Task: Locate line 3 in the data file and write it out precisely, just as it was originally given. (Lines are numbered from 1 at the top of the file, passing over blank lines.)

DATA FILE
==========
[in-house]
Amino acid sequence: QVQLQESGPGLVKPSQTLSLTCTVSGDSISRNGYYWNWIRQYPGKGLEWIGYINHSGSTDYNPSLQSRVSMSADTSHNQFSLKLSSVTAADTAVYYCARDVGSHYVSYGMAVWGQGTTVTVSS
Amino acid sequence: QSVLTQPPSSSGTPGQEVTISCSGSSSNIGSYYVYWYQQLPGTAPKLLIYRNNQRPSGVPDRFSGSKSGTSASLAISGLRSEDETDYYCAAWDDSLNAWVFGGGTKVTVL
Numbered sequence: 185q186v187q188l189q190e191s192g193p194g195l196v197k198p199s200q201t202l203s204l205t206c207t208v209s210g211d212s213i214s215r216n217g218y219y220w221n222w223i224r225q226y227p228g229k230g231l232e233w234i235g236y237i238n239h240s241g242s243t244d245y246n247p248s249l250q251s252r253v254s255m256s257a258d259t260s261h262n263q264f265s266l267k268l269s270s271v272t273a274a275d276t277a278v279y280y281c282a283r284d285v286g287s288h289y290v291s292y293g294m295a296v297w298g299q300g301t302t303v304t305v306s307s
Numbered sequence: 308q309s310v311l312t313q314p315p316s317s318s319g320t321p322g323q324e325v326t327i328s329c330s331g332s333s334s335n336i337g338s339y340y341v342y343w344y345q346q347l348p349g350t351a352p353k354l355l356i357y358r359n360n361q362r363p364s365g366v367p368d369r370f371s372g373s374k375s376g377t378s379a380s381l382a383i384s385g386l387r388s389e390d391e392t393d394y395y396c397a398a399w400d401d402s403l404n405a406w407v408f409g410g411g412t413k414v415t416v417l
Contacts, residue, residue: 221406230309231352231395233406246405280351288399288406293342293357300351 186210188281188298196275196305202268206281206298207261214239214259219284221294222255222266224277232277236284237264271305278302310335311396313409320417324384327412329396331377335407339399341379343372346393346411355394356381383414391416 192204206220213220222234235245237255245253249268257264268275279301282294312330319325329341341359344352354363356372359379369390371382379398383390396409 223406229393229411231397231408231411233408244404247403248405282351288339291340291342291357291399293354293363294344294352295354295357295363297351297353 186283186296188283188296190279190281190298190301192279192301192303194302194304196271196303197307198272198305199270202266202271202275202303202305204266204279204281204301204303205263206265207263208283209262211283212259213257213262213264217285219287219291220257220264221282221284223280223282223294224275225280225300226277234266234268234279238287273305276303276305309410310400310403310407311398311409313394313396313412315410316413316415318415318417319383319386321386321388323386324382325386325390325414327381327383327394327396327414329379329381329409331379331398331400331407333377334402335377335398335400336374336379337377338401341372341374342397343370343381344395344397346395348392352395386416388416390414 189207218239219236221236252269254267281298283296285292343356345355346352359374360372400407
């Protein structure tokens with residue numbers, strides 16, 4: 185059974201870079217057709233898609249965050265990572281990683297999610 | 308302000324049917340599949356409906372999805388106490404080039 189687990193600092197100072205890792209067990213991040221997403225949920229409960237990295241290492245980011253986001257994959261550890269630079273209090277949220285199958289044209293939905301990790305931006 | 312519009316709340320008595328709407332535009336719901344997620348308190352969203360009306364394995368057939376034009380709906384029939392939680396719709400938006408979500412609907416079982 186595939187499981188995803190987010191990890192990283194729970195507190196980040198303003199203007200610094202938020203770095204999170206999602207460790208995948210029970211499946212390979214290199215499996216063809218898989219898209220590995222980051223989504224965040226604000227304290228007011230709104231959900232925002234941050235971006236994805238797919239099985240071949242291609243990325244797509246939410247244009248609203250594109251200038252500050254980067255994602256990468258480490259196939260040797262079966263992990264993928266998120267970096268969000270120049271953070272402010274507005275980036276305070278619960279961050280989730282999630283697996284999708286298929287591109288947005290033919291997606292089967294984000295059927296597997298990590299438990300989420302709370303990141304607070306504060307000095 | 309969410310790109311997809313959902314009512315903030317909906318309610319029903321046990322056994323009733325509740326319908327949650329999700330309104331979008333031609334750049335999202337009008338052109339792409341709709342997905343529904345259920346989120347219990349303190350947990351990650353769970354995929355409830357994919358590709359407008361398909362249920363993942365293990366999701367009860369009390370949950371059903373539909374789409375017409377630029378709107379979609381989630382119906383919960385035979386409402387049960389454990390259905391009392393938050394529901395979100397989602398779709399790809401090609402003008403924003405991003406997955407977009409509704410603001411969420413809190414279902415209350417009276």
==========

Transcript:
Amino acid sequence: QSVLTQPPSSSGTPGQEVTISCSGSSSNIGSYYVYWYQQLPGTAPKLLIYRNNQRPSGVPDRFSGSKSGTSASLAISGLRSEDETDYYCAAWDDSLNAWVFGGGTKVTVL